- Oil price surges above US$100 breaking 2008 downtrend
- Oil and gas stocks cheap and ready to rally
- Global economic expansion continuing with energy demand accelerating
- Peak Oil issues continuing to emerge
- Australian onshore exploration boom continuing
- Four ASX Oil and Gas stocks reviewed
The continuing pre-occupation in the Australian share markets with all things negative seems to be at odds with activity in the real world. Resources sector equities here have been declining since the post GFC rally that peaked in April 2011. April 2011 was a very important time because it was then that markets began to feel nervous about the economic outlook again. And 26 months later in late June 2013 we achieved some `extreme’ levels in price, relativities and sentiment.
The ASX Gold Index (XGD) dropped a remarkable 77% from that April 2011 into these June lows while the A$ gold price today is almost unchanged at A$1400 compared to A$1409 at the April 2011 highs. For some reason the direction of gold (or lack of it) resulted in the stocks being smashed with the market place being terrified of the sector. This has happened while demand for physical gold is at a record high. And mining generally is being hit despite firm demand for most metals and a typically low level of LME inventories (other than aluminium and maybe nickel). Iron ore exports seem to be still making record shipments and the iron ore price at US$128 STILL hasn’t collapsed. Of course it is China, or Europe or the US or Egypt or something that is doing this and making the market place groupthink just so negative.
So the Minerals and Mining Index (XMM) fell down 52% from those April 2011 highs and the Small Resources has been slaughtered 70% too. So many stocks are trading at less than 20% of their NPVs on conservative product pricing with the cry going out that “they will just never get the money”. Of course they won’t while Australia sits on A$1484bn in bank deposits and Australia’s wonderful compulsory Super Funds sit back with their own A$1500bn in assets that are studiously directed away from the very industries that provide the contributions.
Anyway while all this has been happening we have seen something else that is quite remarkable. Since its high of US$115/bbl in that famous April 2011 period the oil price had been going sideways and basing for another upmove. It has now begun that upmove by rising above US$100 and breaking the downtrend from the June 2008 high. Recall that oil rallied up from US$10/bbl in Dec Qtr 1998 to run in a major bull market than ran for almost 10 years to peak at about US$147. The GFC brought oil crunching back and we heard the calls for oil to plunge down forever to below US$30/bbl. Remember all that bearish talk when oil was rallying higher later in 2009? The downtrend has been broken and it not just because of Egypt.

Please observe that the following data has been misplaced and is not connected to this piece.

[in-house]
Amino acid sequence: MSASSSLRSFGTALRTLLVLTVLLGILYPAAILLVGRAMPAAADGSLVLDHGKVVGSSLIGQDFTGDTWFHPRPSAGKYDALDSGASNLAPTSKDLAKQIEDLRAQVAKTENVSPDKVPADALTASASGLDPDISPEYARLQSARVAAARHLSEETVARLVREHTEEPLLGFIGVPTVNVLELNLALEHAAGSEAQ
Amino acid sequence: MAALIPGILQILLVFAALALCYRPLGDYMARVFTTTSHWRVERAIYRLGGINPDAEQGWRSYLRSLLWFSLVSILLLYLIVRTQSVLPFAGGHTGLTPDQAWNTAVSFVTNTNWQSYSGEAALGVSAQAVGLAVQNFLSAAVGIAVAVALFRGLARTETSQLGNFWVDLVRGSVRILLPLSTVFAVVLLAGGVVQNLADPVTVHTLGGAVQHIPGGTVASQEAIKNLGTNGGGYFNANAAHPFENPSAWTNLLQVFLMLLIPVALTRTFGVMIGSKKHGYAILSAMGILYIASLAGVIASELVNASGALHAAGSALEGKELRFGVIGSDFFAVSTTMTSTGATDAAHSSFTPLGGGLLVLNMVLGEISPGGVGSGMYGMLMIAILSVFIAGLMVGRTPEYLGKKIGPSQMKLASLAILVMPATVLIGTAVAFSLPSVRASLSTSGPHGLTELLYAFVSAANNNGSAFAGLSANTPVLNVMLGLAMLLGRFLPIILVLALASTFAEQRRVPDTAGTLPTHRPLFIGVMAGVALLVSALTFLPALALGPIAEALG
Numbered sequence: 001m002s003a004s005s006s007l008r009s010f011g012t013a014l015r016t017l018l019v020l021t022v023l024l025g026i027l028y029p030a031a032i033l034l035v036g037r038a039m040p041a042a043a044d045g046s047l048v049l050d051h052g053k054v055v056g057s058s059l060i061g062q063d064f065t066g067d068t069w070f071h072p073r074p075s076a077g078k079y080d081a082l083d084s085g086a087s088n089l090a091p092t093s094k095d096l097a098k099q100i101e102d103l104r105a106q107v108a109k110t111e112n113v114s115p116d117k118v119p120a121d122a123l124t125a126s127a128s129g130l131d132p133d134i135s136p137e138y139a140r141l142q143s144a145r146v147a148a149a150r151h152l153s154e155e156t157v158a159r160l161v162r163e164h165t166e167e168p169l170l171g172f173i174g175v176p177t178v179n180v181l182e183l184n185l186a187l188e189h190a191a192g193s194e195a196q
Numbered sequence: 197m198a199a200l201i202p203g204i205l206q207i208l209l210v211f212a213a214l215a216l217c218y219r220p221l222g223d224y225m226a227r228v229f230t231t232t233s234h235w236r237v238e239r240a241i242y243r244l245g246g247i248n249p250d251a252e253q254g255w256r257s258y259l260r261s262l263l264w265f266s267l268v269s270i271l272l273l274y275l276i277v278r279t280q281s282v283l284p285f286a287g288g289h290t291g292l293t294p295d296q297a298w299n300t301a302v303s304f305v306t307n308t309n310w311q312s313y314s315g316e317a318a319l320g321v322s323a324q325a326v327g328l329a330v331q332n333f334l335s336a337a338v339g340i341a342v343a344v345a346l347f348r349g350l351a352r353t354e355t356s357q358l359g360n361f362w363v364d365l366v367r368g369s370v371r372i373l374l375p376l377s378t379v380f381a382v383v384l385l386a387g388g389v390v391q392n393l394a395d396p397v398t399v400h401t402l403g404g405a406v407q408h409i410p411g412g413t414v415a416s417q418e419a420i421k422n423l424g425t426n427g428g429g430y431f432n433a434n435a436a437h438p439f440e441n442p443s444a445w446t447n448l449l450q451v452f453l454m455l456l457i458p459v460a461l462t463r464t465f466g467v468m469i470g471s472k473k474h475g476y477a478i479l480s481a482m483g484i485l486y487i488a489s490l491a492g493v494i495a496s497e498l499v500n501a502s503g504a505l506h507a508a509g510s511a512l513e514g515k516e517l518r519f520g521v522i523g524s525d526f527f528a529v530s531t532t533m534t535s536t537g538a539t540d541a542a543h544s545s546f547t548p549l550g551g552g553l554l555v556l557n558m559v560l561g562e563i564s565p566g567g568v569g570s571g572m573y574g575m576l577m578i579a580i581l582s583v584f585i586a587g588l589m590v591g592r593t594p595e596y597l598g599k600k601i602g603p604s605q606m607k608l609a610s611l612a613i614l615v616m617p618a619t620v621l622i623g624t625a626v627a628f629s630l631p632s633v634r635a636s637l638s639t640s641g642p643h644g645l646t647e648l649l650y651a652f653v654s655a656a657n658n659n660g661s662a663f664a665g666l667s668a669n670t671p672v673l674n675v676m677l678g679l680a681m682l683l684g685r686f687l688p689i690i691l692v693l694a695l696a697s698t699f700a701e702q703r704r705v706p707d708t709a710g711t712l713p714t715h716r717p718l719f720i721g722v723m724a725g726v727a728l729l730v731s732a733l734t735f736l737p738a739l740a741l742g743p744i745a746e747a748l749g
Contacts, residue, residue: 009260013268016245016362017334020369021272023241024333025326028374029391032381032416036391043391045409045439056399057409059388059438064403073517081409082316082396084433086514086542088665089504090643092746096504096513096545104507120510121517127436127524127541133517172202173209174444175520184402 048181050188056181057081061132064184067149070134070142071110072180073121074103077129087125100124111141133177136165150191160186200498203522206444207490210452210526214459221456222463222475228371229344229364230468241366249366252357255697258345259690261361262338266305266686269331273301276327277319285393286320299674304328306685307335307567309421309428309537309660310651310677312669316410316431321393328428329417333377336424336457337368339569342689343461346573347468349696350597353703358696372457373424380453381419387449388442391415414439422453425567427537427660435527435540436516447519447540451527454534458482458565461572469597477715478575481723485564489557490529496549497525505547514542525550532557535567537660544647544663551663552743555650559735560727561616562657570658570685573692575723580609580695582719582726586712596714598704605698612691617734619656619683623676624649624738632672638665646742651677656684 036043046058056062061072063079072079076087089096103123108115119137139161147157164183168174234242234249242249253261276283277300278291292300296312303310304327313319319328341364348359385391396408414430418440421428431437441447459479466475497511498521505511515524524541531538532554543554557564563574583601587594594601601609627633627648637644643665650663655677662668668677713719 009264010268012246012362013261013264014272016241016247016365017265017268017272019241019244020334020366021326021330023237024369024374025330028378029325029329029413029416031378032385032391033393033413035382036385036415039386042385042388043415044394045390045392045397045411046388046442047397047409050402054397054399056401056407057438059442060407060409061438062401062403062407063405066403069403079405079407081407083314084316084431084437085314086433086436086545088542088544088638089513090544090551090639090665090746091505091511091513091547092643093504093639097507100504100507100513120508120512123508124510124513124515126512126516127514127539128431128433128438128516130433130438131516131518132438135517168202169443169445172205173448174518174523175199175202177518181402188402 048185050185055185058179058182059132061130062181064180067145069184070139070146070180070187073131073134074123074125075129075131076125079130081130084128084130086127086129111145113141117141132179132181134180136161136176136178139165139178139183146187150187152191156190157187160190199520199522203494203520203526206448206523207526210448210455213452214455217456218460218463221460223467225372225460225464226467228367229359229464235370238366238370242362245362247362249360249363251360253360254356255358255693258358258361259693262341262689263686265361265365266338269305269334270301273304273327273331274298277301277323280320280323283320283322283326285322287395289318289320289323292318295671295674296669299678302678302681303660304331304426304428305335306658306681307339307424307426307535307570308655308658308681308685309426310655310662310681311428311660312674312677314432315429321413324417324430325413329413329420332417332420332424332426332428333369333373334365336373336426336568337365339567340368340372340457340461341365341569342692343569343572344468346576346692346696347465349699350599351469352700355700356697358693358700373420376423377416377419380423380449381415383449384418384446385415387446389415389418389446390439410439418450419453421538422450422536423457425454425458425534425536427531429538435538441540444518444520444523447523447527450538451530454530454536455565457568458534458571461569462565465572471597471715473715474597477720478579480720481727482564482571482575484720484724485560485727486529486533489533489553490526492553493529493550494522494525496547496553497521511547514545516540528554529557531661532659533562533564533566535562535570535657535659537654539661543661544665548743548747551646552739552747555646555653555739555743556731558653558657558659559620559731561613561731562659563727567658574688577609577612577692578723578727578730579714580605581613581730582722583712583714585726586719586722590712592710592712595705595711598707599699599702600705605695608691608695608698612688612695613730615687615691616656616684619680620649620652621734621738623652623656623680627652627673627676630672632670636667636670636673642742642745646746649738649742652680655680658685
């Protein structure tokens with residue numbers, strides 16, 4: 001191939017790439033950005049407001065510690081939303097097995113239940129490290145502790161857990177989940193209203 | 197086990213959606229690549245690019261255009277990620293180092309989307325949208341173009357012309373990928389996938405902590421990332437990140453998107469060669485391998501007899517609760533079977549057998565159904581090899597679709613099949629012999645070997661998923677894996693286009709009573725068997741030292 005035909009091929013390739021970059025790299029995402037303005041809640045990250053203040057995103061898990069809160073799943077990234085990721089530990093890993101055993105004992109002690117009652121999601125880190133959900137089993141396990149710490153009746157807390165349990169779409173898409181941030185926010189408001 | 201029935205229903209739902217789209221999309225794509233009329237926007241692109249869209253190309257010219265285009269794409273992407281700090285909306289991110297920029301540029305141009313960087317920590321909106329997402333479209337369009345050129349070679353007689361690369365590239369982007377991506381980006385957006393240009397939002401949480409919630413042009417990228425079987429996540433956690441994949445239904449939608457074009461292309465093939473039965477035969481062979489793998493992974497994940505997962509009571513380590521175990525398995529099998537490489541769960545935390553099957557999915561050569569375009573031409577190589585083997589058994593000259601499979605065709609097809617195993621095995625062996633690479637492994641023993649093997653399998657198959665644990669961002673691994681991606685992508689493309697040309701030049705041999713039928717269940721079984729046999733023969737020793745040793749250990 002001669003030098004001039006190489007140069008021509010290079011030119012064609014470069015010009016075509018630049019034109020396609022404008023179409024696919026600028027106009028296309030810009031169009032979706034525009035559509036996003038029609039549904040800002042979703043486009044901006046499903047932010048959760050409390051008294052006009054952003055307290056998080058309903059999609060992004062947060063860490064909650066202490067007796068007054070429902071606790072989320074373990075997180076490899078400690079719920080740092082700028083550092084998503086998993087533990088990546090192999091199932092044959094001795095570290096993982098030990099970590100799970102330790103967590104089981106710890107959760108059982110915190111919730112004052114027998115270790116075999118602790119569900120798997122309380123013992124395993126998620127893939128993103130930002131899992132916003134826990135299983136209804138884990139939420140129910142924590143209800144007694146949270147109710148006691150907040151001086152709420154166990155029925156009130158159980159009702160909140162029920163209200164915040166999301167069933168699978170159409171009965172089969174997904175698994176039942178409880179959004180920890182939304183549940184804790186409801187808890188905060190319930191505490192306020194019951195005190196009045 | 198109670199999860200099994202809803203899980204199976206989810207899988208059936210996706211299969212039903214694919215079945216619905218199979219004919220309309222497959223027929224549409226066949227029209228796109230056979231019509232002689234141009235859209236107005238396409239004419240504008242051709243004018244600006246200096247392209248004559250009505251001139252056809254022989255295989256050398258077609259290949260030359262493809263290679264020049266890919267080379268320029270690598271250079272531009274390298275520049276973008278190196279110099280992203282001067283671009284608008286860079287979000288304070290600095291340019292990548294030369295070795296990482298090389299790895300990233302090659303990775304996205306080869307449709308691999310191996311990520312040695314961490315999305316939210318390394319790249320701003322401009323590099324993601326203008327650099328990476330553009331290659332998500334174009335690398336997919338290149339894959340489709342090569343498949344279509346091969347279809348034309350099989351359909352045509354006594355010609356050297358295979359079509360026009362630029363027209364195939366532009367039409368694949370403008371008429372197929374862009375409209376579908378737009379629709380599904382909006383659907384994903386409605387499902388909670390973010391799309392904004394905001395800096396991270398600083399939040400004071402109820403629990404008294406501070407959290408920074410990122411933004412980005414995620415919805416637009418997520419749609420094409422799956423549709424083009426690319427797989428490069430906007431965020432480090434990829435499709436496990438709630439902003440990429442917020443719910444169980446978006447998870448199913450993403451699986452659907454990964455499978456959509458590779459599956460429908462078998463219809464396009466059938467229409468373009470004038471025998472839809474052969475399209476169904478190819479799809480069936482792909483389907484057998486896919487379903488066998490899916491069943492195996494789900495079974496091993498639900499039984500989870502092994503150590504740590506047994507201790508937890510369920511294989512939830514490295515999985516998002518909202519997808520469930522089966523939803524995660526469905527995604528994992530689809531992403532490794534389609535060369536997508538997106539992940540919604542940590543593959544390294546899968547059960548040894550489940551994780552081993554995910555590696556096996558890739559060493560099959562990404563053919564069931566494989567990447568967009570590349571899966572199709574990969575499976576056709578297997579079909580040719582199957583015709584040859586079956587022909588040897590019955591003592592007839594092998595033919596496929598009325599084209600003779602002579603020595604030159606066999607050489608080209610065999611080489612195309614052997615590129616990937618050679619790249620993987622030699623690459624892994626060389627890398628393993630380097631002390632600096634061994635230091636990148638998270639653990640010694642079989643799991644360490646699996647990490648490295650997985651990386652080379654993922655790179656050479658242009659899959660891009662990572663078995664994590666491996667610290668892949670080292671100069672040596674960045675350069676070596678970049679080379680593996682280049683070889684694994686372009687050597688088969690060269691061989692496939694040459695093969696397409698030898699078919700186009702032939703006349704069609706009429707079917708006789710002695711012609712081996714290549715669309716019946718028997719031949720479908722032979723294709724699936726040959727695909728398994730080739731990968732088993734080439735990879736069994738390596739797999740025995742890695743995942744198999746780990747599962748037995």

The WTI price has climbed to remove the discount it had against Brent prices. The discount had reflected transport bottlenecks in the US around the new tight oil fields. Unblocking of the bottlenecks together with more oil being sent into the North Atlantic resulted in the removal of both the discount for WTI and the premium for Brent.
What has been also remarkable has been the performance of the US oil majors, Exxon Mobil (XOM), Chevron (CVX) and Conoco-Philips (COP) over this period. Year after year new rally highs and for XOM and CVX, new all-time highs. No recession/deflation/China falling over here. The GFC was a yawn.
And also just look at the performance of the Exploration and Production (E&P) companies through the XOP Index. These E&P companies had their own April 2011 moment and the obligatory rapid 40% sell off but are now within 4% of that high and probably about to move sharply higher.
So coming back to the remarkable stuff, most will recall my ad nauseumrepetition of Non-OECD energy demand being now greater than that for the OECD and that must mean a strong growth rate in the >50% sector will result in an acceleration of total energy demand. And that is what we have.
The details of the energy mix can be debated but with oil still making up around 33% of the world’s primary energy sources and, being the largest single fuel, it is very important. Particularly for transportation. And China will have more transportation requirements as its car and truck fleet grows, as its mining sector still grows and as agriculture still grows. So more oil is required. Catching up to the US will still take some time.